Amazon is taking a relentless approach to employee satisfaction in the wake of an explosive New York Times report that portrayed the e-tailer as rife with tears and dysfunctionally cutthroat.
Every single day, employees are now being posed questions about job satisfaction, leadership and training opportunities via an internal system called Amazon Connections, Bloomberg reports. The system was created for staffers in Amazon’s warehouses last year, but then rolled out to its corporate offices this summer.
Feedback is evaluated by teams in Seattle and Prague, which synthesizes responses into daily reports. While the identities of respondents are available to the Amazon Connections team -- who may then call upon employees to discuss their responses in further detail -- the reports themselves contain only anonymous, aggregated data.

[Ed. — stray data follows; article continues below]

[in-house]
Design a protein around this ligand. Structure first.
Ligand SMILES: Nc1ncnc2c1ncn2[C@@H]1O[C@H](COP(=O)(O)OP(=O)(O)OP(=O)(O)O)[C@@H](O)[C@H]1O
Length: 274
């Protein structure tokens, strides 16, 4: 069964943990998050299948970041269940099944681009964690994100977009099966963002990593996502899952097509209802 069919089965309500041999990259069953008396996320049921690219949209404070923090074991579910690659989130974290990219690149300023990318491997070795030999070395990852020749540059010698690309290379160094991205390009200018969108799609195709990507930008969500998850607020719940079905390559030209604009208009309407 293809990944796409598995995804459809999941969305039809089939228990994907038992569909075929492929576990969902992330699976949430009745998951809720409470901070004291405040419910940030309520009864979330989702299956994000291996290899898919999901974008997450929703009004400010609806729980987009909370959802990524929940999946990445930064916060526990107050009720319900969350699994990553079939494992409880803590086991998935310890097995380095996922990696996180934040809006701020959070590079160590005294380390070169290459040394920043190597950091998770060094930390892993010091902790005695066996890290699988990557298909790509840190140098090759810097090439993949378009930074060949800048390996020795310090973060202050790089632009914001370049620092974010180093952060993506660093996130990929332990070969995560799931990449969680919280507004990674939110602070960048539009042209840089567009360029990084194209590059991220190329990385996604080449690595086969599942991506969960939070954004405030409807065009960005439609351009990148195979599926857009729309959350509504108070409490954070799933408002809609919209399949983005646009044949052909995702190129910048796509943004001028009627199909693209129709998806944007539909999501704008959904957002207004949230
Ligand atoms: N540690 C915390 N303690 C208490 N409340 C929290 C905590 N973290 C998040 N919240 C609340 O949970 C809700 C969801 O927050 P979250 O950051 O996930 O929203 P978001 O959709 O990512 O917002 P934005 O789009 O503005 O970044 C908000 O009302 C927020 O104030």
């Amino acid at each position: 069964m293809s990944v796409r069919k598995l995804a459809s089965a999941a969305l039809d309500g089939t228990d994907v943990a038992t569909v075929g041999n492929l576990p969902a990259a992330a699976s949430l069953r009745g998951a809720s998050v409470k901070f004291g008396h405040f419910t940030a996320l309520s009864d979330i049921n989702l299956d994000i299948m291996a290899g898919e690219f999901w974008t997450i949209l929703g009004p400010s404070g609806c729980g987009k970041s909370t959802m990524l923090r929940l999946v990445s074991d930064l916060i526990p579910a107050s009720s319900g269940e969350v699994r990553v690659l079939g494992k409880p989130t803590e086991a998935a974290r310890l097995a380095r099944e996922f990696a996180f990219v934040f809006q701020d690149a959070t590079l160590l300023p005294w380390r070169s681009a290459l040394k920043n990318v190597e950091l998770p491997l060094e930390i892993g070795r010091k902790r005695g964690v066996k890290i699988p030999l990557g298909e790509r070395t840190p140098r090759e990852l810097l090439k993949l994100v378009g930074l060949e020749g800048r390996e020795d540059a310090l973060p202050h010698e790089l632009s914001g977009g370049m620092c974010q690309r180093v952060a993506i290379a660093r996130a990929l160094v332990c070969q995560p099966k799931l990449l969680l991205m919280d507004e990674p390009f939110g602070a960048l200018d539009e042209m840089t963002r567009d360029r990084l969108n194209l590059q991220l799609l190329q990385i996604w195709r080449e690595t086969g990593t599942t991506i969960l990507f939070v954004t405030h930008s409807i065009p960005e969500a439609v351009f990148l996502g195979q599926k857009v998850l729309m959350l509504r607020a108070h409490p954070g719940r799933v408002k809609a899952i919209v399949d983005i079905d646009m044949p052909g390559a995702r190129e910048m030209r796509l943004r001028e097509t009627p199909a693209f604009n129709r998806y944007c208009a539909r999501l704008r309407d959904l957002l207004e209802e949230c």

Back in August, Amazon CEO Jeff Bezos said that the Times report didn’t “describe the Amazon I know” in a rebuttal memo to employees that encouraged them to “escalate to HR” in the case of “any stories like those reported.” But asking staffers to provide feedback on a daily basis seems to evoke the excessive rigor that the company is attempting to evade.
And at Amazon, similar tools have been manipulated for ill in the past. A former employee told the Times that the company’s Anytime Feedback Tool, which allows employees to send feedback about colleagues to management, was used as a scheming mechanism by staffers, who either agreed to praise one another to get ahead or sabotage competing employees via collective criticism.